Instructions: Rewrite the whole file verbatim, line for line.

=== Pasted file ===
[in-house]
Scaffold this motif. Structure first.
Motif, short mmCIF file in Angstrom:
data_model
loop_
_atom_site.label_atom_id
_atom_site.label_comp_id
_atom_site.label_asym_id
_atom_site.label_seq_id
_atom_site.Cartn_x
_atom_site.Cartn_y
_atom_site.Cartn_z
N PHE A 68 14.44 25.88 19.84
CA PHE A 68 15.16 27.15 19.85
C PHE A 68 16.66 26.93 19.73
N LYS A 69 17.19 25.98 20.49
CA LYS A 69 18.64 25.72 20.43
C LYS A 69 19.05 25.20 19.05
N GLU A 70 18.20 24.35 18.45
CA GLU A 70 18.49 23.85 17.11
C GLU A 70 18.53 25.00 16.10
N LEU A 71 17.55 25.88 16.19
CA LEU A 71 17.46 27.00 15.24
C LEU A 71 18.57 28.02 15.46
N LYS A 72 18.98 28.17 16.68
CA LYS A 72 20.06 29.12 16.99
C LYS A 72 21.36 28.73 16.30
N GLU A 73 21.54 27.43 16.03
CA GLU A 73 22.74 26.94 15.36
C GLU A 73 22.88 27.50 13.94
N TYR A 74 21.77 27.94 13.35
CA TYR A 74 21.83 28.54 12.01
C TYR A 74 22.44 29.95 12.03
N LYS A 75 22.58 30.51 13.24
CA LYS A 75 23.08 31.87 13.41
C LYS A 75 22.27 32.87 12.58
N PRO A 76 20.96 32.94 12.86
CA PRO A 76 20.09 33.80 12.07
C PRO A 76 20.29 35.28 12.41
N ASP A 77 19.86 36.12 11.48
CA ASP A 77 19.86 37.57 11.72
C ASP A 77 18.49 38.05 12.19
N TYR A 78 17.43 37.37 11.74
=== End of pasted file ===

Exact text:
[in-house]
Scaffold this motif. Structure first.
Motif, short mmCIF file in Angstrom:
data_model
loop_
_atom_site.label_atom_id
_atom_site.label_comp_id
_atom_site.label_asym_id
_atom_site.label_seq_id
_atom_site.Cartn_x
_atom_site.Cartn_y
_atom_site.Cartn_z
N PHE A 68 14.44 25.88 19.84
CA PHE A 68 15.16 27.15 19.85
C PHE A 68 16.66 26.93 19.73
N LYS A 69 17.19 25.98 20.49
CA LYS A 69 18.64 25.72 20.43
C LYS A 69 19.05 25.20 19.05
N GLU A 70 18.20 24.35 18.45
CA GLU A 70 18.49 23.85 17.11
C GLU A 70 18.53 25.00 16.10
N LEU A 71 17.55 25.88 16.19
CA LEU A 71 17.46 27.00 15.24
C LEU A 71 18.57 28.02 15.46
N LYS A 72 18.98 28.17 16.68
CA LYS A 72 20.06 29.12 16.99
C LYS A 72 21.36 28.73 16.30
N GLU A 73 21.54 27.43 16.03
CA GLU A 73 22.74 26.94 15.36
C GLU A 73 22.88 27.50 13.94
N TYR A 74 21.77 27.94 13.35
CA TYR A 74 21.83 28.54 12.01
C TYR A 74 22.44 29.95 12.03
N LYS A 75 22.58 30.51 13.24
CA LYS A 75 23.08 31.87 13.41
C LYS A 75 22.27 32.87 12.58
N PRO A 76 20.96 32.94 12.86
CA PRO A 76 20.09 33.80 12.07
C PRO A 76 20.29 35.28 12.41
N ASP A 77 19.86 36.12 11.48
CA ASP A 77 19.86 37.57 11.72
C ASP A 77 18.49 38.05 12.19
N TYR A 78 17.43 37.37 11.74